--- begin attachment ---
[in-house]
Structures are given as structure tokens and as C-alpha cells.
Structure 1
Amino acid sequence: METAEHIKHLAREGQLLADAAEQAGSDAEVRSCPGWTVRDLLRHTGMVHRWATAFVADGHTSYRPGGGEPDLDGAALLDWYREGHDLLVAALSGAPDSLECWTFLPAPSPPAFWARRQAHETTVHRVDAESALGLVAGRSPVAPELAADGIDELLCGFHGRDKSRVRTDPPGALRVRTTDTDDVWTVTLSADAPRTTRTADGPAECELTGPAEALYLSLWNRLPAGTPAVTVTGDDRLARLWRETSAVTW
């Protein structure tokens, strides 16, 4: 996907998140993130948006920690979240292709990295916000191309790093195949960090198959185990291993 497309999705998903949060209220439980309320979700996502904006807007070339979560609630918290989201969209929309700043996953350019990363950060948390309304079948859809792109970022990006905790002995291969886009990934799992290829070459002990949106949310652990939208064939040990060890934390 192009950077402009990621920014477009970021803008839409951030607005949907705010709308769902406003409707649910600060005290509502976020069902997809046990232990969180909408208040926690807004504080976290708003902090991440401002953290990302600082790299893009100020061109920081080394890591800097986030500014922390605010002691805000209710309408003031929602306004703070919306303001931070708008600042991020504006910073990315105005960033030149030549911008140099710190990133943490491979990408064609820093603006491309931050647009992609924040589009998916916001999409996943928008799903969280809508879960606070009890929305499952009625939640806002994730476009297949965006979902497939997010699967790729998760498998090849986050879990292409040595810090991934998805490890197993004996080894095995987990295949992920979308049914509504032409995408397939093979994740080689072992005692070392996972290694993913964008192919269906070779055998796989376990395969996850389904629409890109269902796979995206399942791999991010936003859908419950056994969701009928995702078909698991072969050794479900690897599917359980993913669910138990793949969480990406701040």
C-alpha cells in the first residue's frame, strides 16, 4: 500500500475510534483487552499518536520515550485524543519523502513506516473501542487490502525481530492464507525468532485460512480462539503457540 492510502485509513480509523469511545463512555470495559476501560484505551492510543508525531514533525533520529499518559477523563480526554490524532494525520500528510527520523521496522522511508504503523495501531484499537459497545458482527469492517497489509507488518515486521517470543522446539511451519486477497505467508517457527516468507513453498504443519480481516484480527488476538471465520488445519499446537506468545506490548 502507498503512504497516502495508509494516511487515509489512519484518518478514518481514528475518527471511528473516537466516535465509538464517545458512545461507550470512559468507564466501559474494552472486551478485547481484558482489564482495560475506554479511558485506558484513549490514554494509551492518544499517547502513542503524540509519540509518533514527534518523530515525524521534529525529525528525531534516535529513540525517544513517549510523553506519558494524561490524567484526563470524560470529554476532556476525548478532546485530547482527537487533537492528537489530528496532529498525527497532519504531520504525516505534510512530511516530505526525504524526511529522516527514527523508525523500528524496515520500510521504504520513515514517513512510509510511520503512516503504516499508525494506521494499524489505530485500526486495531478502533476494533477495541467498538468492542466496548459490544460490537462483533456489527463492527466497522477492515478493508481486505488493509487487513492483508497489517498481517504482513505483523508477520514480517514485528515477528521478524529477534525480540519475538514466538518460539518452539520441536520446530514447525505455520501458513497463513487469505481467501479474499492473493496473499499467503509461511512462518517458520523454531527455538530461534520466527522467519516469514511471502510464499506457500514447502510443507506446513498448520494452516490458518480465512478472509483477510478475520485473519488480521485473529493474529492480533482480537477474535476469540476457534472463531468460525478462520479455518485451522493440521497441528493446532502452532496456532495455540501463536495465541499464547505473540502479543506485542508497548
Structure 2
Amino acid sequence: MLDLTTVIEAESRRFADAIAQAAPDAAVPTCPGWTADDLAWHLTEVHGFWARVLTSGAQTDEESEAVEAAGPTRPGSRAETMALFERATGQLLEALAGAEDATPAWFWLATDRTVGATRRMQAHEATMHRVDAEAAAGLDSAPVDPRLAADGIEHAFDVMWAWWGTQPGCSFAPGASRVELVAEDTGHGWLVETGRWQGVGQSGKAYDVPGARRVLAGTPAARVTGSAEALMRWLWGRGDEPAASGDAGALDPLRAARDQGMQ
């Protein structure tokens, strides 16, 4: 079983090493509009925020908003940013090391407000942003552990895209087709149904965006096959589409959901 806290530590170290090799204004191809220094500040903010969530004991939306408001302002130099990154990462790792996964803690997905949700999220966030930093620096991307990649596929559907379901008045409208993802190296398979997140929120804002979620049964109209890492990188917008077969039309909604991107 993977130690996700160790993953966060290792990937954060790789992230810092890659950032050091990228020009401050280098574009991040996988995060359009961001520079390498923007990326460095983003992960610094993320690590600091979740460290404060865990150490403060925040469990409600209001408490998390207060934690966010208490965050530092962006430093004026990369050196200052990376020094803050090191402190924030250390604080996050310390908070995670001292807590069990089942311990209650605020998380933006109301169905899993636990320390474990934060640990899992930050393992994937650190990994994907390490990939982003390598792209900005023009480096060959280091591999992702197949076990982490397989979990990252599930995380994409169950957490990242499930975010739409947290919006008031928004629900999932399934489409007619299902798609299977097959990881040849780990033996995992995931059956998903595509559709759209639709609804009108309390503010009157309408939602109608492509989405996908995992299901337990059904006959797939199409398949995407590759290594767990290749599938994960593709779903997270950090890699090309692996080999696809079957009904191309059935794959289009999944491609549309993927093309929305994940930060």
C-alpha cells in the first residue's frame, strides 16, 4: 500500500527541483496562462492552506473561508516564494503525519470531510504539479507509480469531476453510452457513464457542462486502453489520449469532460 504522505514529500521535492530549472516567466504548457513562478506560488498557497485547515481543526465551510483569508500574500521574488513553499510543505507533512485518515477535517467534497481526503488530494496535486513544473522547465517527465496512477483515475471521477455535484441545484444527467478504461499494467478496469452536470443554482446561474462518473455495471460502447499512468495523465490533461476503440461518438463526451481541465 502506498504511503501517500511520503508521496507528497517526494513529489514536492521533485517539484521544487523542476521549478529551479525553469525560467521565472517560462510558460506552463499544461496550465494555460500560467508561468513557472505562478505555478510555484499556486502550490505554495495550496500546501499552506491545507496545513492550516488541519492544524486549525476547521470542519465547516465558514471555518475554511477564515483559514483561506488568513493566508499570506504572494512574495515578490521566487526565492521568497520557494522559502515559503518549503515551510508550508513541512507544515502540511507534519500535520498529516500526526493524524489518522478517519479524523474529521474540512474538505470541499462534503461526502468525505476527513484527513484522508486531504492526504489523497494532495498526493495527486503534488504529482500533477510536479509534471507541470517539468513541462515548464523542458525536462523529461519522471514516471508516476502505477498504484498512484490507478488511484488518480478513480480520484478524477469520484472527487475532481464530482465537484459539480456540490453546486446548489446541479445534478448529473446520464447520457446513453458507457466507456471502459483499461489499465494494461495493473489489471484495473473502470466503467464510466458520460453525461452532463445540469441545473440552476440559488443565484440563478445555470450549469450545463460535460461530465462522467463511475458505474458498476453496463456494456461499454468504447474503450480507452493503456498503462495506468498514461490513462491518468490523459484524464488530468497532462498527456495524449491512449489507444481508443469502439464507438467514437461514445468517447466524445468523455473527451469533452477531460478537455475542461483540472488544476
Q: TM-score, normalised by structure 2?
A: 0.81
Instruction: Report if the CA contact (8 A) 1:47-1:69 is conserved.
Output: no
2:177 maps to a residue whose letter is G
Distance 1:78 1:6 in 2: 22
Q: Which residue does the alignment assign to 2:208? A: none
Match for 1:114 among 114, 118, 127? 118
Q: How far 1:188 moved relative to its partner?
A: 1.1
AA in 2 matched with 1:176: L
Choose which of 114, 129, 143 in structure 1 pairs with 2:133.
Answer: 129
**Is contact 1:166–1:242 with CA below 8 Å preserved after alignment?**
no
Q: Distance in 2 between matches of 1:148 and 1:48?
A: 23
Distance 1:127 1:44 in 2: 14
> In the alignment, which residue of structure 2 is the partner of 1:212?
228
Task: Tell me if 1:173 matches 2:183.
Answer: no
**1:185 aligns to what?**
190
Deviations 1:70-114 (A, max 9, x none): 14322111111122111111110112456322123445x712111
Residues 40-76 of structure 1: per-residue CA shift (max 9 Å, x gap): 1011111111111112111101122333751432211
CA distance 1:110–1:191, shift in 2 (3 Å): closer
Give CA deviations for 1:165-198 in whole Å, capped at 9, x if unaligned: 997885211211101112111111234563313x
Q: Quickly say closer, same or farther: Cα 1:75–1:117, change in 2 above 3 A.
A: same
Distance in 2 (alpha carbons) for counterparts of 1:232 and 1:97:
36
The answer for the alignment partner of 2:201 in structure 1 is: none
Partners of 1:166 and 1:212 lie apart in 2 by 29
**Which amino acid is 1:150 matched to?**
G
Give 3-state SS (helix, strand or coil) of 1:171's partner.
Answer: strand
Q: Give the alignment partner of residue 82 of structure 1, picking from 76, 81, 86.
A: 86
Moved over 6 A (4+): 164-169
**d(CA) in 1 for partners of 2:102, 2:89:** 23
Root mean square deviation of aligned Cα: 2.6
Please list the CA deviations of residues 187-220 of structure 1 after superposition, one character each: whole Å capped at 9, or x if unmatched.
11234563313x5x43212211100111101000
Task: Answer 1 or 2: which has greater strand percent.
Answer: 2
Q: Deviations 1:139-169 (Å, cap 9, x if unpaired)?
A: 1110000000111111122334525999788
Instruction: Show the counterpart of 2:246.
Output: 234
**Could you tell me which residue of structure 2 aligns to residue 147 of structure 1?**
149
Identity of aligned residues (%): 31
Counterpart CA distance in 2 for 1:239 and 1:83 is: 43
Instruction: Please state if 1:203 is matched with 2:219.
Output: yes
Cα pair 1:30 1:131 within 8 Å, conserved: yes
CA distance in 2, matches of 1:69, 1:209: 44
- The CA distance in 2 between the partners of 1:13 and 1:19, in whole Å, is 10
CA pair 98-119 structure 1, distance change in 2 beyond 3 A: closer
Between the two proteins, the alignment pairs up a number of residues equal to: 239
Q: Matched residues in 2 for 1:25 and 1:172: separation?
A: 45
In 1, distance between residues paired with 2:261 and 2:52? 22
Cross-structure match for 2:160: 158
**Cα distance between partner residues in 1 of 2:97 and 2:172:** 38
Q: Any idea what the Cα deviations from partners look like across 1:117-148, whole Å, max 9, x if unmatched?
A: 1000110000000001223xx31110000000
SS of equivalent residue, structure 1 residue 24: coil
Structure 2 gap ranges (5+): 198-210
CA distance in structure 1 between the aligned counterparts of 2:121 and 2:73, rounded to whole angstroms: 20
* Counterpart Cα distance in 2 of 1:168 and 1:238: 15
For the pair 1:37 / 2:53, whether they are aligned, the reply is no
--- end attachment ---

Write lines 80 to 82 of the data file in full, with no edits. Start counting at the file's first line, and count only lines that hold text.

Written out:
SS of equivalent residue, structure 1 residue 24: coil
Structure 2 gap ranges (5+): 198-210
CA distance in structure 1 between the aligned counterparts of 2:121 and 2:73, rounded to whole angstroms: 20